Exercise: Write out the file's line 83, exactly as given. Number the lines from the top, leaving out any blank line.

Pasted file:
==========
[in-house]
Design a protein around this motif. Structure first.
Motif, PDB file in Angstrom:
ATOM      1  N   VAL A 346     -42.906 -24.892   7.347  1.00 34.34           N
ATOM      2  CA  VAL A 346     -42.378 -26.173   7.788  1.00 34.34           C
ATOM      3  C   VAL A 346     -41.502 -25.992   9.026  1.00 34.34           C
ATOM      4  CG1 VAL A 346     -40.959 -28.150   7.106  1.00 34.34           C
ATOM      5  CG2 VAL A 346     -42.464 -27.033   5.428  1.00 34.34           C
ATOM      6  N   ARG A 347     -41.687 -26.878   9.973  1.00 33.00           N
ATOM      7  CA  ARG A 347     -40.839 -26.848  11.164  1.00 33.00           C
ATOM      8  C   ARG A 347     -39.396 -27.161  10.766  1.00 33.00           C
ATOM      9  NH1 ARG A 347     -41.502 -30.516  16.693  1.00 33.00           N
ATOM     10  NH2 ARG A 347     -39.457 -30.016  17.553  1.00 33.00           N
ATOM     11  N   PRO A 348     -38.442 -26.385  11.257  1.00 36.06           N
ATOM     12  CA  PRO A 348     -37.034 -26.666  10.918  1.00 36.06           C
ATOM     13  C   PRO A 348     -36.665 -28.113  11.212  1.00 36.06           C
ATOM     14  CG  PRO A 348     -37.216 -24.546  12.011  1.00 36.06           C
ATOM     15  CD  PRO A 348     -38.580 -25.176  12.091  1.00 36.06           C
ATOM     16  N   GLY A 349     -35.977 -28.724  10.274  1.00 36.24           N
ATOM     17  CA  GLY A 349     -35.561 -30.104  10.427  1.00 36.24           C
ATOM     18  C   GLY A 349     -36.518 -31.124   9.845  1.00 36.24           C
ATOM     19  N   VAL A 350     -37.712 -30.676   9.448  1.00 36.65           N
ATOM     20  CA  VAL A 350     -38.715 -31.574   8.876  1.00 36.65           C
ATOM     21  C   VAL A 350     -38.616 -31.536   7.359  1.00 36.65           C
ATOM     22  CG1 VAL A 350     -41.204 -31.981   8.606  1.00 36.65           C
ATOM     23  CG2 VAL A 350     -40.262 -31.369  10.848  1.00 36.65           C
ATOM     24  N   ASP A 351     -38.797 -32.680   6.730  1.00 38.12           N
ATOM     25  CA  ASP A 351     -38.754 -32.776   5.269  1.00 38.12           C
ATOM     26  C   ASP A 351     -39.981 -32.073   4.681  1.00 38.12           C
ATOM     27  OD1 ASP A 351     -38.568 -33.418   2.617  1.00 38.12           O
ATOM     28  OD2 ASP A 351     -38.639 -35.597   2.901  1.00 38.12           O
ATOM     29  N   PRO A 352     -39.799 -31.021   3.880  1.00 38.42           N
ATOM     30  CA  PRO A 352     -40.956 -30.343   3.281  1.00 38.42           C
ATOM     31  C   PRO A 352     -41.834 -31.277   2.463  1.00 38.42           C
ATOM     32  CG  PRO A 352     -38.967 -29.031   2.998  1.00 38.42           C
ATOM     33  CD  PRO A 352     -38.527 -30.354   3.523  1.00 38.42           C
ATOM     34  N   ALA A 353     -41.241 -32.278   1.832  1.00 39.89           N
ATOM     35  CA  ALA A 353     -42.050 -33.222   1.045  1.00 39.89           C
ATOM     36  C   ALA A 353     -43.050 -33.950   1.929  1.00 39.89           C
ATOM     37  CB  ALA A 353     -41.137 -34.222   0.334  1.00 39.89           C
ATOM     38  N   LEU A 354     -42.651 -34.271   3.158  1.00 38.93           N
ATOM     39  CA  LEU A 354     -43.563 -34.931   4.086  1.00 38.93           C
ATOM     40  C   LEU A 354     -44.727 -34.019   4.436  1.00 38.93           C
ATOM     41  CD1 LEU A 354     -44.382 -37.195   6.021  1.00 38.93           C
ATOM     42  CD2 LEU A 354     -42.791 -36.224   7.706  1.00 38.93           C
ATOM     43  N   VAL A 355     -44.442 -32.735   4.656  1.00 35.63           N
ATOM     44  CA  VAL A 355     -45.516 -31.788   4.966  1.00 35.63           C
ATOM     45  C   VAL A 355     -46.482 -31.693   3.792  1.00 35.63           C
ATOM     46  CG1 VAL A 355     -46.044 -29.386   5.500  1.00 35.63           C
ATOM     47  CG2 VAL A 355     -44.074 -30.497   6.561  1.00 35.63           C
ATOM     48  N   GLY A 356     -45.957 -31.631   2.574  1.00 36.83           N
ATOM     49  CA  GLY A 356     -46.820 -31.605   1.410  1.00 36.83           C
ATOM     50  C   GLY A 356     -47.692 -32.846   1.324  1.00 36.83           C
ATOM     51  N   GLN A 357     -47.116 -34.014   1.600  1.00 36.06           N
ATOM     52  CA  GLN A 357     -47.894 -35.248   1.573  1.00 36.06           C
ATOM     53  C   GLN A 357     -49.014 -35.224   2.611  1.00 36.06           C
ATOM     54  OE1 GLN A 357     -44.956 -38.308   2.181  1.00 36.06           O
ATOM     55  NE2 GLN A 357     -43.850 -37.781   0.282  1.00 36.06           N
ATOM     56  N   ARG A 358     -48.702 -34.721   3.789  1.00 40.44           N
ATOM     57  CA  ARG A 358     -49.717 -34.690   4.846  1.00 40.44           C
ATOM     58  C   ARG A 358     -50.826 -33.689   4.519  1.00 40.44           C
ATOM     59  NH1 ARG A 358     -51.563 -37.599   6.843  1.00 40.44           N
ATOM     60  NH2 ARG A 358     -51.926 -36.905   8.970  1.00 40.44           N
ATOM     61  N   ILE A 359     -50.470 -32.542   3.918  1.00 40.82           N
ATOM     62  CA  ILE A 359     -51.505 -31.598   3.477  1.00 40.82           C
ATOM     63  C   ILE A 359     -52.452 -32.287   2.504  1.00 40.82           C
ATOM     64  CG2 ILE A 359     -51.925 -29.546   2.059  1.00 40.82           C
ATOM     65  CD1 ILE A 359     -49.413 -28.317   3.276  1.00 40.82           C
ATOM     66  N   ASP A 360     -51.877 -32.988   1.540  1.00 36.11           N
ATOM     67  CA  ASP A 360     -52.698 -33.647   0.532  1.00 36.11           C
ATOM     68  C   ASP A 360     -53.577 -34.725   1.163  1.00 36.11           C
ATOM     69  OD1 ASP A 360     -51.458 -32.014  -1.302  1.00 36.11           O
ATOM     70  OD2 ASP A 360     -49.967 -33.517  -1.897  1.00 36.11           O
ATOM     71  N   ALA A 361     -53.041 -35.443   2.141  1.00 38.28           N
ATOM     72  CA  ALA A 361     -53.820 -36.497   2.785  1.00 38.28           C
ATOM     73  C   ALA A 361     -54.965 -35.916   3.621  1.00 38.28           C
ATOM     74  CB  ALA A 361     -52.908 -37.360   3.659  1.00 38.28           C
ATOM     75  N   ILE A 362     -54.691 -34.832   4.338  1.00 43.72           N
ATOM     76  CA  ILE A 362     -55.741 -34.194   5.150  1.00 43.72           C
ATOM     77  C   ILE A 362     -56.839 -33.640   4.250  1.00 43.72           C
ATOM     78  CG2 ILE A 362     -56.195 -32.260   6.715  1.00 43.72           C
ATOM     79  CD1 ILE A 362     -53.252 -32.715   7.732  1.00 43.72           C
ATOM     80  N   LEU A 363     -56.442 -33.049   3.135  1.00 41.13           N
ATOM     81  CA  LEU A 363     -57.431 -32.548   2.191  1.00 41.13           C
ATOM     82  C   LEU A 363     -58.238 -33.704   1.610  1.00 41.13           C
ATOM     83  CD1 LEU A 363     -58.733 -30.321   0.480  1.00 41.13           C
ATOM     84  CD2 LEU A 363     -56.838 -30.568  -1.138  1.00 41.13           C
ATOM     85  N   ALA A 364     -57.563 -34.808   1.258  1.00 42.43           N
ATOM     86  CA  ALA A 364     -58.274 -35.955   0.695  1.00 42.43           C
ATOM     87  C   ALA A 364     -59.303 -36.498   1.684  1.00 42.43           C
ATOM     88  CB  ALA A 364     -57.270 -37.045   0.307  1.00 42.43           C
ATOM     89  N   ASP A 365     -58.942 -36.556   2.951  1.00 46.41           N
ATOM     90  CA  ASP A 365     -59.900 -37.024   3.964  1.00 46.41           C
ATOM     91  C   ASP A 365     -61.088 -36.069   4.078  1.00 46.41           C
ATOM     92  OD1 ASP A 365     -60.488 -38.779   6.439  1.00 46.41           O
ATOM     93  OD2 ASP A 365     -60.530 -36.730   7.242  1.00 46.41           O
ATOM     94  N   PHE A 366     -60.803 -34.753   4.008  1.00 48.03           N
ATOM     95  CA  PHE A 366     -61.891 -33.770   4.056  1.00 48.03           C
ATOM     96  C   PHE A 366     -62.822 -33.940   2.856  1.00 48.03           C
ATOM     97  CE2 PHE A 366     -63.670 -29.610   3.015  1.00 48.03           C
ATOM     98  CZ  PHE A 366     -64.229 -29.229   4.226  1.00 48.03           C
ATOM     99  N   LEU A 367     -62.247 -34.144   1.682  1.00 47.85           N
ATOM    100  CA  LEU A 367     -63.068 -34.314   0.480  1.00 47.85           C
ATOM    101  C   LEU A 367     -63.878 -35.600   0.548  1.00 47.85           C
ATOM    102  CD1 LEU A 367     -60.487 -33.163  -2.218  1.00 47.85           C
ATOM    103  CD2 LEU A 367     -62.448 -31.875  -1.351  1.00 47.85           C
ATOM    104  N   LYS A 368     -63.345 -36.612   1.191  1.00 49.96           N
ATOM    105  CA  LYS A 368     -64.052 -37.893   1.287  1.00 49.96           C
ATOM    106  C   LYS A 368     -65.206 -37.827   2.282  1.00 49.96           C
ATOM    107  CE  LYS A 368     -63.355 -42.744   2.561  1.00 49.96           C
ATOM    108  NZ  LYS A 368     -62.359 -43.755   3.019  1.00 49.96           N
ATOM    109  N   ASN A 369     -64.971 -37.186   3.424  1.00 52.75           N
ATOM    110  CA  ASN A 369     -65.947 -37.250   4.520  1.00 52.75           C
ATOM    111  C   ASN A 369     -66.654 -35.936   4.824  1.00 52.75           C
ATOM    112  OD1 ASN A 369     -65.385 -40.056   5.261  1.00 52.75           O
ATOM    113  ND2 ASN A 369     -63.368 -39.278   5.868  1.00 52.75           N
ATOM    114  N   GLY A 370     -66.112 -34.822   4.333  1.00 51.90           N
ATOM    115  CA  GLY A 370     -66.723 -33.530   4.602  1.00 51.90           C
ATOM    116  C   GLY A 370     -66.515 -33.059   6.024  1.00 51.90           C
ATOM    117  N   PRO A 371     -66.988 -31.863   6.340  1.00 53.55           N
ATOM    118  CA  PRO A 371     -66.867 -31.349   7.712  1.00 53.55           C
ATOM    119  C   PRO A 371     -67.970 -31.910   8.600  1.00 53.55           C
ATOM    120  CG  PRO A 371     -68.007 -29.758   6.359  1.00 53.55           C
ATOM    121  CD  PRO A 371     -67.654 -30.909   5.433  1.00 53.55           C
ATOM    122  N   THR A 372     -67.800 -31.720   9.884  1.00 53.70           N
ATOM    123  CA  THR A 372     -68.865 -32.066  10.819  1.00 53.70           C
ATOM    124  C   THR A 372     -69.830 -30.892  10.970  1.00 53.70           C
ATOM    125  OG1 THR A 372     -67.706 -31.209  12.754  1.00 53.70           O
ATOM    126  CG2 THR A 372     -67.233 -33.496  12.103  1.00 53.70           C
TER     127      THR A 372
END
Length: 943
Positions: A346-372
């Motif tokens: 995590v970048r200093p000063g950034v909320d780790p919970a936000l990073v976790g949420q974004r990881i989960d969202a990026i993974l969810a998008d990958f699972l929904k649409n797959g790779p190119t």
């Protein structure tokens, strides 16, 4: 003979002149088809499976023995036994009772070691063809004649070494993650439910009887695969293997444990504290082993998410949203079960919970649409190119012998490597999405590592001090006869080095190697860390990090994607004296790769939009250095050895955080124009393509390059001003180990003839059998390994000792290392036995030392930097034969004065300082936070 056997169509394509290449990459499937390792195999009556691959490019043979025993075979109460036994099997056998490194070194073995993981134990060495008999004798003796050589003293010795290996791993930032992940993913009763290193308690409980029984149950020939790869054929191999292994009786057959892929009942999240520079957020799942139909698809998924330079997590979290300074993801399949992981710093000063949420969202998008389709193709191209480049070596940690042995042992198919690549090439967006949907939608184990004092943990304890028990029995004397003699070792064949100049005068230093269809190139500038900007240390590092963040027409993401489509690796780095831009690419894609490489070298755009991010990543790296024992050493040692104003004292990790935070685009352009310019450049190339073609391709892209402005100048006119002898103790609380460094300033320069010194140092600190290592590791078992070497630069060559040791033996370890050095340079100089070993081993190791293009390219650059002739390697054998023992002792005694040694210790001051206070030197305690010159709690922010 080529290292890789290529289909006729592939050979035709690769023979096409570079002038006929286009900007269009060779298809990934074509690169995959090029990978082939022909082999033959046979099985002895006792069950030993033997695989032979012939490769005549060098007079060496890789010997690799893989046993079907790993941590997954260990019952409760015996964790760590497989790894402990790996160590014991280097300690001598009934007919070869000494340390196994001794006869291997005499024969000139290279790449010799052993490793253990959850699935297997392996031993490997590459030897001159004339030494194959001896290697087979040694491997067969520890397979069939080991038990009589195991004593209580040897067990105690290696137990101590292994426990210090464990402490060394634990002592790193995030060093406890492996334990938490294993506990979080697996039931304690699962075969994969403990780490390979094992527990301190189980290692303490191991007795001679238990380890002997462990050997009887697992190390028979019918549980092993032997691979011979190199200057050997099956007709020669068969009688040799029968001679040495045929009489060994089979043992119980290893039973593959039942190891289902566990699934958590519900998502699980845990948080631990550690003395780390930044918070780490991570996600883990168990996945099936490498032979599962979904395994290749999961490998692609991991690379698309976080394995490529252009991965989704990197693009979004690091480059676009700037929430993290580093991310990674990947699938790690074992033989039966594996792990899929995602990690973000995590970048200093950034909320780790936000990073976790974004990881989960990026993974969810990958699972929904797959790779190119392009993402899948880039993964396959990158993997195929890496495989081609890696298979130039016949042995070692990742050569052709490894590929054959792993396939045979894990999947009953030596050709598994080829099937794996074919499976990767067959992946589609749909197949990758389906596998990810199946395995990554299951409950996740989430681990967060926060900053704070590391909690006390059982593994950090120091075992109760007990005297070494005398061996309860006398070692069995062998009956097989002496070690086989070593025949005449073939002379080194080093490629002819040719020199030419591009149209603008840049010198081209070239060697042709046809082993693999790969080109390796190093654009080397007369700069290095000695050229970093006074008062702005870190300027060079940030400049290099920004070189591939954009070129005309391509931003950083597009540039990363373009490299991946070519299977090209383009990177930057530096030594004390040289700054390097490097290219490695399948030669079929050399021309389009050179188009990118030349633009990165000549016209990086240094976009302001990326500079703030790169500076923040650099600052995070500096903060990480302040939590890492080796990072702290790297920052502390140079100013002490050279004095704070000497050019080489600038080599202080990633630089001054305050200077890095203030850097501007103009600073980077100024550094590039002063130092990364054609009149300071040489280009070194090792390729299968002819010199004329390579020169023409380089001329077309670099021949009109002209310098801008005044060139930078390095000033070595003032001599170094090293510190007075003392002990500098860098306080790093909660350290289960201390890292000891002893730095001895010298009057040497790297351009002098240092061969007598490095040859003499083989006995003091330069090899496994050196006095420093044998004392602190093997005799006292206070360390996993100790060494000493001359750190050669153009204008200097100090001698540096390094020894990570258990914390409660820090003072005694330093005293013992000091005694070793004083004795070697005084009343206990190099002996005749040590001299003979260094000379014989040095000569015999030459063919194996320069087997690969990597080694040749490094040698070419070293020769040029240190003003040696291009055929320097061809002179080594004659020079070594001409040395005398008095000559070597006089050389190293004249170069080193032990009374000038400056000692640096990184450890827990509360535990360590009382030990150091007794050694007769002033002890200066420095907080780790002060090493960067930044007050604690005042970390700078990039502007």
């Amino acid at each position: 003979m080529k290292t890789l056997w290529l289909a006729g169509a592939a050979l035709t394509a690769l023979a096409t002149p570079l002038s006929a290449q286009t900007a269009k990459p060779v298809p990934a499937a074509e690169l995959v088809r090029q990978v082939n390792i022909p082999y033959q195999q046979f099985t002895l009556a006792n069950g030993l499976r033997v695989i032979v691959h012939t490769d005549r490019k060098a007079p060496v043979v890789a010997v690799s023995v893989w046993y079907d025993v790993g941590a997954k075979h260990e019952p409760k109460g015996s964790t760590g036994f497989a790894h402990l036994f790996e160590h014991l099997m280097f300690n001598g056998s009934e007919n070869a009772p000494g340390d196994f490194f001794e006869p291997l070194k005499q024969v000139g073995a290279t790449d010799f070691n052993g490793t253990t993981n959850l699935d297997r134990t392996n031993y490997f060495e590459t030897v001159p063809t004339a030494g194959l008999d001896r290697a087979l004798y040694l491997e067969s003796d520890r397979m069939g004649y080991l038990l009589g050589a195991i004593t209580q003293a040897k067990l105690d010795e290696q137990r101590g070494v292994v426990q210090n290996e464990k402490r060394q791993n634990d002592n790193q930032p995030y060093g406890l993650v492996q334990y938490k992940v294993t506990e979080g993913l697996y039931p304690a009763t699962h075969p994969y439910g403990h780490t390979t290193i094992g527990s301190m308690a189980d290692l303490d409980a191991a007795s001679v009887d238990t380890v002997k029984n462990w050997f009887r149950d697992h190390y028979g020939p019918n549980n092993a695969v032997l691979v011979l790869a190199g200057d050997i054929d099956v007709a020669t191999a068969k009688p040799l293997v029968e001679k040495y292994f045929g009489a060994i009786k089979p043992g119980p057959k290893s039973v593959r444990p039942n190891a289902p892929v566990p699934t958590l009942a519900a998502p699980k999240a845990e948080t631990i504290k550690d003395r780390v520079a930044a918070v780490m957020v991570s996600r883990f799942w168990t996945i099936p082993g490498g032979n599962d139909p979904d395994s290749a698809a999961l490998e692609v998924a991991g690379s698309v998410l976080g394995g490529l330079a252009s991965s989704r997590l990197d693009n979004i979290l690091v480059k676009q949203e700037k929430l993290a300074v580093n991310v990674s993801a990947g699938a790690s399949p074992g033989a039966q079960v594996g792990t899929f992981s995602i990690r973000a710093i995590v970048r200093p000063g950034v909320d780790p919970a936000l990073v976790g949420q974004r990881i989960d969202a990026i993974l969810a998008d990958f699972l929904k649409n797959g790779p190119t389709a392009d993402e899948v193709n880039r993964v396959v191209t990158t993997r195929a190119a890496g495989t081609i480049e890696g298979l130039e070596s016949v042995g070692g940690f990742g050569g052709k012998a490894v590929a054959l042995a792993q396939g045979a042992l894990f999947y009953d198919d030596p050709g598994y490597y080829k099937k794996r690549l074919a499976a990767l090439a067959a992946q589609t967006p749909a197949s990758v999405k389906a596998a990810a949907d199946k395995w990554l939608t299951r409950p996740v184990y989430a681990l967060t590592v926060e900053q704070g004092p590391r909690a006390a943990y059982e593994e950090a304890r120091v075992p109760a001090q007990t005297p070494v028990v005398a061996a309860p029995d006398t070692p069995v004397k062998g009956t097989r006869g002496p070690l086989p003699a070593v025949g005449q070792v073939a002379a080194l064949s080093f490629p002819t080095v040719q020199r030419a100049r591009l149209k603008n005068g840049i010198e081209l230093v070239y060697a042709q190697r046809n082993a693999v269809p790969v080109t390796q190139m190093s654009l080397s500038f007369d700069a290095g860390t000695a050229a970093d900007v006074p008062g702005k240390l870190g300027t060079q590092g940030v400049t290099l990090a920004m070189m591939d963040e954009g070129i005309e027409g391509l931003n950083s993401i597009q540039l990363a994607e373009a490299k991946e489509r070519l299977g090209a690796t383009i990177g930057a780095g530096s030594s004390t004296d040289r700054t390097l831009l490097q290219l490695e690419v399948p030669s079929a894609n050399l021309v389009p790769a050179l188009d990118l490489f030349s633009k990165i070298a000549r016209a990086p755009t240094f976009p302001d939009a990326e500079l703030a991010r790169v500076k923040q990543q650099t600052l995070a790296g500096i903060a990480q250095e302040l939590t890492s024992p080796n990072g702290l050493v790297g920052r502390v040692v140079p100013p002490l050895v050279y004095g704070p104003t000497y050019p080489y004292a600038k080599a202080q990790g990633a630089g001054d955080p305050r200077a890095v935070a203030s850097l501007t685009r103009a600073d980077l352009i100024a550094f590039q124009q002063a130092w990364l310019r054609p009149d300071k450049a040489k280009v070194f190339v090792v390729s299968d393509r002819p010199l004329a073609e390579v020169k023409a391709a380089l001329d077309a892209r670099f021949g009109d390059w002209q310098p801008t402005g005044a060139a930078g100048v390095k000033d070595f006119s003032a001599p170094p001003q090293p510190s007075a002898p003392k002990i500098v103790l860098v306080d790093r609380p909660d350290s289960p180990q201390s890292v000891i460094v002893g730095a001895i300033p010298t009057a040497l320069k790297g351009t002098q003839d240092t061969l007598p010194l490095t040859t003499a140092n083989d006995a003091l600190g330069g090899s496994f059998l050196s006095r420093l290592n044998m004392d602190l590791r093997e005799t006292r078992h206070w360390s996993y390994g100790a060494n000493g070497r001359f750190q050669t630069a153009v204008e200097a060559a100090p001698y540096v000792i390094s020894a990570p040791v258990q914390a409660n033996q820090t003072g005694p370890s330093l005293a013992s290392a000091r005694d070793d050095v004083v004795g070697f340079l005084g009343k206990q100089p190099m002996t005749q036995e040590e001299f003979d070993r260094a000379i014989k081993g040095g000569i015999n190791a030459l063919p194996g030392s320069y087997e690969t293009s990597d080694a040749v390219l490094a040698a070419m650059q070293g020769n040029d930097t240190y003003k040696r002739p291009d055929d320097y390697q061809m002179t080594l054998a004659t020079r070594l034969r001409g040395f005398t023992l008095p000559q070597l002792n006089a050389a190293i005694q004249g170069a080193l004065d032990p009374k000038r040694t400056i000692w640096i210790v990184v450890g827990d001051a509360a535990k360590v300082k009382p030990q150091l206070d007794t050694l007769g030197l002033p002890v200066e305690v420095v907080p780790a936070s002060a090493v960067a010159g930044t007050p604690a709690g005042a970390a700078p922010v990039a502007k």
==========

ATOM     80  N   LEU A 363     -56.442 -33.049   3.135  1.00 41.13           N